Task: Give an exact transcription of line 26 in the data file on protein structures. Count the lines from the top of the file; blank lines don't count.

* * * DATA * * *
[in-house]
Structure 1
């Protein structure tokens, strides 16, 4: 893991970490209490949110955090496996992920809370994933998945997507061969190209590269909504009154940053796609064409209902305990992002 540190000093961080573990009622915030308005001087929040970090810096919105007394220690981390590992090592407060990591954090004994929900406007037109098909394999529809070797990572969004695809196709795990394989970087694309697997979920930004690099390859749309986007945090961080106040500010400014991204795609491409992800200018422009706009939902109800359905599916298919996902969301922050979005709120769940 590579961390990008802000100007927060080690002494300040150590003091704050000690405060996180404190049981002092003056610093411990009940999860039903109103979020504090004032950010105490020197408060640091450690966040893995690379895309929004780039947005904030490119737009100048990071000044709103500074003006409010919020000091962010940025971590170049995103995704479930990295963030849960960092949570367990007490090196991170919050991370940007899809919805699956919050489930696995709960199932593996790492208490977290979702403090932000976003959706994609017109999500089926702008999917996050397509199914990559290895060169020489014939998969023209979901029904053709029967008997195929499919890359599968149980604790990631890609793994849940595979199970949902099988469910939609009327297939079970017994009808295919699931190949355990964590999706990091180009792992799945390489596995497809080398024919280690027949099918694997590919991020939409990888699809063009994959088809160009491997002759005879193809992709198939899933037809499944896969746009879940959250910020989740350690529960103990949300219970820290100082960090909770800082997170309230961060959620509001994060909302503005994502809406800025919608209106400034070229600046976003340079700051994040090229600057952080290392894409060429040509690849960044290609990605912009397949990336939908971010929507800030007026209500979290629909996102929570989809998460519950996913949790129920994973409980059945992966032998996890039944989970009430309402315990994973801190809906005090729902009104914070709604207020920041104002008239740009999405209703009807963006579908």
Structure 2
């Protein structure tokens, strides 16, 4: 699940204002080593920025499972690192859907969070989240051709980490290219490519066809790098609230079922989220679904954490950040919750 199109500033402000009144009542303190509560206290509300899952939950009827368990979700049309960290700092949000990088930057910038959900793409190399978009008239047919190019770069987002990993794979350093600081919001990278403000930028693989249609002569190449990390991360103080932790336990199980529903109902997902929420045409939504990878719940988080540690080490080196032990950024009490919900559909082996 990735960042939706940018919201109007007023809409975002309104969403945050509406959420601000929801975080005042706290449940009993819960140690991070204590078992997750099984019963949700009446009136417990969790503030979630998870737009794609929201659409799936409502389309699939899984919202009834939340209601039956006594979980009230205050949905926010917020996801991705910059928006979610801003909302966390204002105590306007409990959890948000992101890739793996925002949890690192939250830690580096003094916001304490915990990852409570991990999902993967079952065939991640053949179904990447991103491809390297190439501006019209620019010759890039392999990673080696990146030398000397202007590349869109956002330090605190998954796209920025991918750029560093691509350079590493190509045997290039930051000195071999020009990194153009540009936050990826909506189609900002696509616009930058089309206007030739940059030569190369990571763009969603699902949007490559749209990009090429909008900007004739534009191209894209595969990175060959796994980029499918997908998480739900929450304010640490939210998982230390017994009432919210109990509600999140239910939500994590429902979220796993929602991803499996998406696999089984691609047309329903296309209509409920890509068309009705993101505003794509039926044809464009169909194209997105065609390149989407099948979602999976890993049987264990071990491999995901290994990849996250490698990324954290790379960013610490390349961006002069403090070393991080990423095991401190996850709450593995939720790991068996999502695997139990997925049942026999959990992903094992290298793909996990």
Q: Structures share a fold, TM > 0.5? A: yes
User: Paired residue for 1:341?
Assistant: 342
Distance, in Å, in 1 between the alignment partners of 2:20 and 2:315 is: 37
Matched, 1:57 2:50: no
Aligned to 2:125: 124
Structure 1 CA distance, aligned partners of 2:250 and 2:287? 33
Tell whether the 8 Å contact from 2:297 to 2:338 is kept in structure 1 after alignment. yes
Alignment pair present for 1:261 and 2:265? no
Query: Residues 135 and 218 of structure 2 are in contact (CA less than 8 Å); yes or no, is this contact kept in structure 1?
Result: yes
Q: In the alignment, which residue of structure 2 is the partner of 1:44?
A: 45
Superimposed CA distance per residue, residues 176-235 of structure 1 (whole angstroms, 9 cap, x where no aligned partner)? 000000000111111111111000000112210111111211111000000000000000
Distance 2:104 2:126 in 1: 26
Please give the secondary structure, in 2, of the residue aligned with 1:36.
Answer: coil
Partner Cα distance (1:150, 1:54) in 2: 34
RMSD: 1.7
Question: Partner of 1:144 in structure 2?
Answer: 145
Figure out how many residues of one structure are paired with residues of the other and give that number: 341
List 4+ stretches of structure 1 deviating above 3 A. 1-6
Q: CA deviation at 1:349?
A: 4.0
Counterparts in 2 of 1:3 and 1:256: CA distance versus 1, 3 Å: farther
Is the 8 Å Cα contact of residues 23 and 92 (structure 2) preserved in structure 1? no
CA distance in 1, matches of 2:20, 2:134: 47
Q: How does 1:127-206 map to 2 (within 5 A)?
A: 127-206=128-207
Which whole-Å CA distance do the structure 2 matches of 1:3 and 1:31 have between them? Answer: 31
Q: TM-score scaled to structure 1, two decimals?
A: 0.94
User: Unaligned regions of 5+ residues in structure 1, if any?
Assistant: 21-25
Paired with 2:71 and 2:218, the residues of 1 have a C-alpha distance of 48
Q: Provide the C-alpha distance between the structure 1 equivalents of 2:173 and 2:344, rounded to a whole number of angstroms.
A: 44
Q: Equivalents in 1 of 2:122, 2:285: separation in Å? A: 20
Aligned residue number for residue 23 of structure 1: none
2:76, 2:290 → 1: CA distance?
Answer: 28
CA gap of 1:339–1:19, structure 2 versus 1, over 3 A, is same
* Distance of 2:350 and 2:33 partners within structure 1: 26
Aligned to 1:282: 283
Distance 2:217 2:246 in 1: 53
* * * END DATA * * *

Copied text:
Answer: 145